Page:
Ho Geol Woo, MD, PhD1; Sangil Park, MD1; Hyunju Yon, MD2; Seung Won Lee, MD, PhD3; Ai Koyanagi, MD, PhD4,5; Louis Jacob, PhD4,6; Lee Smith, PhD7; Wonyoung Cho, PhD8; Chanyang Min, PhD8; Jinseok Lee, PhD9; Hayeon Lee, MS9; Rosie Kwon, MS8,10; Guillaume Fond, PhD11,12; Laurent Boyer, PhD11,12; Yoonie Yoonjung Joo, PhD13; Yong Sung Choi, MD, PhD14; Seung-Geun Yeo, MD, PhD15; Sang Youl Rhee, MD, PhD8,16; Jae Il Shin, MD, PhD17; Dong Keon Yon, MD8,14
1Department of Neurology, Kyung Hee University Medical Center, Kyung Hee University College of Medicine, Seoul, South Korea
2Department of Medicine, Kyung Hee University College of Medicine, Seoul, South Korea
3Department of Precision Medicine, Sungkyunkwan University School of Medicine, Suwon, South Korea
4Research and Development Unit, Parc Sanitari Sant Joan de Deu, Network Centre for Biomedical Research in Mental Health, Health Institute Carlos III, Barcelona, Spain
5Catalan Institution for Research and Advanced Studies (ICREA), Pg. Lluis Companys, Barcelona, Spain
6Faculty of Medicine, University of Versailles Saint-Quentin-en-Yvelines, Montigny-le-Bretonneux, France
7Centre for Health, Performance and Wellbeing, Anglia Ruskin University, Cambridge, United Kingdom
8Center for Digital Health, Medical Science Research Institute, Kyung Hee University College of Medicine, Seoul, South Korea
9Department of Biomedical Engineering, Kyung Hee University, Yongin, South Korea
10Department of Biomedical Engineering, University of Michigan, Ann Arbor
11Assistance Publique-Hôpitaux de Marseille, Aix-Marseille University, CEReSS–Health Service Research and Quality of Life Center, Marseille, France
12Depression and Schizophrenia Expert Center, FondaMental Foundation, Creteil, France
13Institute of Data Science, Korea University, Seoul, South Korea
14Department of Pediatrics, Kyung Hee University Medical Center, Kyung Hee University College of Medicine, Seoul, South Korea
15Department of Otolaryngology–Head & Neck Surgery, Kyung Hee University Medical Center, Kyung Hee University College of Medicine, Seoul, South Korea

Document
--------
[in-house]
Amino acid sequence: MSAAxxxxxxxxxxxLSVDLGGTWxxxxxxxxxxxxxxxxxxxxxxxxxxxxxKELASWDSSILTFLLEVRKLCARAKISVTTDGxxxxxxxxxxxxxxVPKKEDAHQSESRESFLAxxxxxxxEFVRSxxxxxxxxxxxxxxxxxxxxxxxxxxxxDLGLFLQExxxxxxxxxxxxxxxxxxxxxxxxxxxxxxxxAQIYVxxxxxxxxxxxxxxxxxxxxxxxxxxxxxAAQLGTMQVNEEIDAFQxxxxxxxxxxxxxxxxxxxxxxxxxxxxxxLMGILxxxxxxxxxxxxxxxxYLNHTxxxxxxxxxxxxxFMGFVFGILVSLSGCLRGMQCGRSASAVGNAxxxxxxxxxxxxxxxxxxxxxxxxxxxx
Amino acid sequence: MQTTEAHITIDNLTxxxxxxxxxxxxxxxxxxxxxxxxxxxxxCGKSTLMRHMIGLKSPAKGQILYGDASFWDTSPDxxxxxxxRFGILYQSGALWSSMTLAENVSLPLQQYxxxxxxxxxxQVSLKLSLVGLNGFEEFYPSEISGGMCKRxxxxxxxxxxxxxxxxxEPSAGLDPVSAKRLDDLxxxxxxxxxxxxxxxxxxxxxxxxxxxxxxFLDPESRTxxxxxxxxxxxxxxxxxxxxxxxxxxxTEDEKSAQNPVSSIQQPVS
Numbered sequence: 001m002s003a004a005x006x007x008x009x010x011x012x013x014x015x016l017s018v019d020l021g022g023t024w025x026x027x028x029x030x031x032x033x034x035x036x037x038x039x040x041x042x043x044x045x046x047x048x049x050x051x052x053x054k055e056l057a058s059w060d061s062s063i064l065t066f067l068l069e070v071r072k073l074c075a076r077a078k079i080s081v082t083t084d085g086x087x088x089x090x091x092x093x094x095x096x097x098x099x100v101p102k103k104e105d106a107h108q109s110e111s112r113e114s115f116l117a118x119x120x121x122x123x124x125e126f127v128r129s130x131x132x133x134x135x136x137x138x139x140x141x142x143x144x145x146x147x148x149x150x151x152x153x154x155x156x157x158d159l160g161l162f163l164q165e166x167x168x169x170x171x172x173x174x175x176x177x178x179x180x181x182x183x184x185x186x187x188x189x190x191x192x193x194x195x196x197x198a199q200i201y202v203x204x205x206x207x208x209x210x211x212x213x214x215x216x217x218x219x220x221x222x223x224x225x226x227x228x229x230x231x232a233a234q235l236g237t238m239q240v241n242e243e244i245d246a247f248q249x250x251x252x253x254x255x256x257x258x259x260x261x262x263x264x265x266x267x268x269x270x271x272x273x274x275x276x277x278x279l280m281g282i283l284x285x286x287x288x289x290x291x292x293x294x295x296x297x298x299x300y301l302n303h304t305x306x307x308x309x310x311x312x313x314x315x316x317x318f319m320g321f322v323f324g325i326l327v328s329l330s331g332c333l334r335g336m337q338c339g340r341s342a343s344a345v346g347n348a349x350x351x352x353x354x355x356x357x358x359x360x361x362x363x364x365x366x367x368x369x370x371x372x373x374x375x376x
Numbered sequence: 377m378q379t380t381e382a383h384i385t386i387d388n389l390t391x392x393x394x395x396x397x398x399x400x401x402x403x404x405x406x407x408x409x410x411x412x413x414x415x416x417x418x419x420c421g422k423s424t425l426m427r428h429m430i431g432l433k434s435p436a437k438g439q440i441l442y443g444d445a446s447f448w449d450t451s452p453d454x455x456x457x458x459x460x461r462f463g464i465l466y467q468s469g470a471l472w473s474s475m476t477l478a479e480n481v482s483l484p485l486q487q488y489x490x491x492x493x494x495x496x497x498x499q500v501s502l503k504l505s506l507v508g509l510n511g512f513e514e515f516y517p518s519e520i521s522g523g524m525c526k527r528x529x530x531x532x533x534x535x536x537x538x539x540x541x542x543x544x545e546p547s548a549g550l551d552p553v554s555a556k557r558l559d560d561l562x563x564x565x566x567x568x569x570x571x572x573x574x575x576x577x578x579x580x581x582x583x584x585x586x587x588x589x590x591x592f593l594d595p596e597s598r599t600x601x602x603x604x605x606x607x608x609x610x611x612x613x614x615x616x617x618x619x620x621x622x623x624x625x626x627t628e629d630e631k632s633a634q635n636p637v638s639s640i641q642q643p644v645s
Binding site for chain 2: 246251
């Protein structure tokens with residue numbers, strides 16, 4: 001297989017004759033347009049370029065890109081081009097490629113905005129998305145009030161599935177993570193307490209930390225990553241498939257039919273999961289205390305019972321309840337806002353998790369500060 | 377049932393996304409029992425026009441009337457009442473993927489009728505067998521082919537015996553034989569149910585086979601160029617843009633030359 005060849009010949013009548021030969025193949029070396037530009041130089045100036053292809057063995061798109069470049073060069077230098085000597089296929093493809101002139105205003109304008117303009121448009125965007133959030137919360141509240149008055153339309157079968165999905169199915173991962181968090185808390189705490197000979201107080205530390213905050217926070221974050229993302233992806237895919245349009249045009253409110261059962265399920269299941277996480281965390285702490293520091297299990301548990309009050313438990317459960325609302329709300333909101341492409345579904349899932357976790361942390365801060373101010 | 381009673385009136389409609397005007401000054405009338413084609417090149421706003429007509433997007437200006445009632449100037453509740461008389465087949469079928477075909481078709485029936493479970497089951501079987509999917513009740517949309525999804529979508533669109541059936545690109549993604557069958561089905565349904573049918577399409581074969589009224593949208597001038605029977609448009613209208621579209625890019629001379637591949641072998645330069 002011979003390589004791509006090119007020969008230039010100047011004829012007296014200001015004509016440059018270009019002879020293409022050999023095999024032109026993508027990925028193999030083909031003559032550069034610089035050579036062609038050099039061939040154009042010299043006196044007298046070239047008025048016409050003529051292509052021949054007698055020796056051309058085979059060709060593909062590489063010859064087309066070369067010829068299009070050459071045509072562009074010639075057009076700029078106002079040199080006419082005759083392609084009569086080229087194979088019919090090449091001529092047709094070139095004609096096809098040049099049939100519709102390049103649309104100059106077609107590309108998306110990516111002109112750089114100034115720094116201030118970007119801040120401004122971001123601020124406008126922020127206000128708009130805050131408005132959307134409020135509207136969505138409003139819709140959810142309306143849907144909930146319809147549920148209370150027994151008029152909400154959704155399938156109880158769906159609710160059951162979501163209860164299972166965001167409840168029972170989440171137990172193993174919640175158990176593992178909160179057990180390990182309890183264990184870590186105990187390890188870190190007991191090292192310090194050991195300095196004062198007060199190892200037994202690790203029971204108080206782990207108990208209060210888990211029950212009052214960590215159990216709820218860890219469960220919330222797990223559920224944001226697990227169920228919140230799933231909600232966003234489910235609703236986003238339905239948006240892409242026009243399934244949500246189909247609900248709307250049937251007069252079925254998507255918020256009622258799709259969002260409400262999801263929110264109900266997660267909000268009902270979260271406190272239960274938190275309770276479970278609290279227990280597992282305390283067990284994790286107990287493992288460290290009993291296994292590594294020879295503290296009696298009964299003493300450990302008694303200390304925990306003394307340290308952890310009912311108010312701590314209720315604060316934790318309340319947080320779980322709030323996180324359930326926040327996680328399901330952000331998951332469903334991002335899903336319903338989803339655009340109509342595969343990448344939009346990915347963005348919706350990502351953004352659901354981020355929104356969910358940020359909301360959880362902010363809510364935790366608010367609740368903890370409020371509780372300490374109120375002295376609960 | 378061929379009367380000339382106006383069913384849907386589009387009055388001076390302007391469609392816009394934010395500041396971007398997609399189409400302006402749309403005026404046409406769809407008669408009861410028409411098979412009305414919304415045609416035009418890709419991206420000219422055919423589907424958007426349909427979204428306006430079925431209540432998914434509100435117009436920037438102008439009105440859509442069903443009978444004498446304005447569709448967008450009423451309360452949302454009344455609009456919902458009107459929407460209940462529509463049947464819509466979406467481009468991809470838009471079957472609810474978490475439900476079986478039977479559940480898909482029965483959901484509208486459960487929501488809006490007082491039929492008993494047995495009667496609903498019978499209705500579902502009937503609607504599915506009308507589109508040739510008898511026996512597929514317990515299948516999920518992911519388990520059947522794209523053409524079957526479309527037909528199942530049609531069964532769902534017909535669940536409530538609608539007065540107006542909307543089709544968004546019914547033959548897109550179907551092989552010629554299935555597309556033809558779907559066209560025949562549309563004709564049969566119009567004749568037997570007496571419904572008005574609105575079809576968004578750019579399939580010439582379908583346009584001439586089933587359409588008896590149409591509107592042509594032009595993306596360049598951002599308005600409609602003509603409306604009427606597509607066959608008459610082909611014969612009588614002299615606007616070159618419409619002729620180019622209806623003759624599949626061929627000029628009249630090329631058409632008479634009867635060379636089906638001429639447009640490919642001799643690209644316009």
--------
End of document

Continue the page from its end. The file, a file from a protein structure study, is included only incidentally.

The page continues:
16Department of Endocrinology and Metabolism, Kyung Hee University School of Medicine, Seoul, South Korea
17Department of Pediatrics, Yonsei University College of Medicine, Seoul, South Korea
Drs Woo, Park, and H. Yon contributed equally to this work.
Corresponding Authors: Jae Il Shin, MD, PhD, Dong Keon Yon, MD
Importance: Despite the COVID-19 pandemic's effect on daily life, limited research exists on the prevalence and risk factors of suicidality and sadness among South Korean adolescents.
Objectives: To examine whether the observed sadness and suicidality in the early to middle periods of the COVID-19 pandemic differed from the expected level and to investigate changes in risk factors for sadness and suicidality.
Design, setting, and participants: This nationwide serial cross-sectional survey study used data on 1 109 776 Korean adolescents aged 13 to 18 years from the Korea Youth Risk Behavior Web-based Survey from 2005 to 2021.
Exposure: The COVID-19 pandemic.
Main outcomes and measures: The pattern of changes in the percentage or proportion of sadness or suicidality, as well as the risk factors for sadness or suicidality. The transitional effect of the COVID-19 pandemic was assessed using weighted odds ratios (wORs) or weighted beta coefficients with 95% CIs.
Results: Between 2005 and 2021, 1 109 776 adolescents (mean [SD] age, 15.0 [1.7] years; 51.5% male adolescents; and 51.7% in grades 7-9 and 48.3% in grades 10-12) were included in the Korea Youth Risk Behavior Web-based Survey. The slope of the long-term trends in sadness and suicidality decreased in the prepandemic period (sadness: from 37.8% [95% CI, 37.4%-38.2%] in 2005-2007 to 26.1% [95% CI, 25.9%-26.4%] in 2016-2019; suicidality: from 23.0% [95% CI, 22.7%-23.3%] in 2005-2007 to 12.3% [95% CI, 12.1%-12.5%] in 2016-2019), whereas the slope increased during the COVID-19 pandemic (sadness: from 25.0% [95% CI, 24.5%-25.6%] in 2020 to 26.6% [95% CI, 26.1%-27.1%] in 2021; trend difference in β, 0.249 [95% CI, 0.236-0.262]; suicidality: from 10.7% [95% CI, 10.3%-11.1%] in 2020 to 12.5% [95% CI, 12.1%-12.9%] in 2021; trend difference in β, 0.328 [95% CI, 0.312-0.344]). The trends presented a similar tendency in the subgroups according to sex, school grade, residential area, smoking status, and current alcohol use. Compared with the prepandemic period, the risk factors associated with sadness during the pandemic were younger age (wOR, 0.907; 95% CI, 0.881-0.933), female sex (wOR, 1.031; 95% CI, 1.001-1.062), urban residence (wOR, 1.120; 95% CI, 1.087-1.153), current smoking status (wOR, 1.134; 95% CI, 1.059-1.216), and current alcohol use (wOR, 1.051; 95% CI, 1.002-1.102). Female sex (wOR, 1.064; 95% CI, 1.021-1.109), urban residence (wOR, 1.117; 95% CI, 1.074-1.162), and low economic status (wOR, 1.286; 95% CI, 1.180-1.403) were the risk factors significantly associated with suicidality after the COVID-19 pandemic began.
Conclusions and relevance: In this nationwide serial cross-sectional survey study of South Korean adolescents, the slope of the prevalence of sadness and suicidality increased during the COVID-19 pandemic after a decrease prior to the pandemic. The findings suggest that public health measures are needed to recognize vulnerable groups with risk factors and to prevent an increase in sadness and suicidality among adolescents during the COVID-19 pandemic.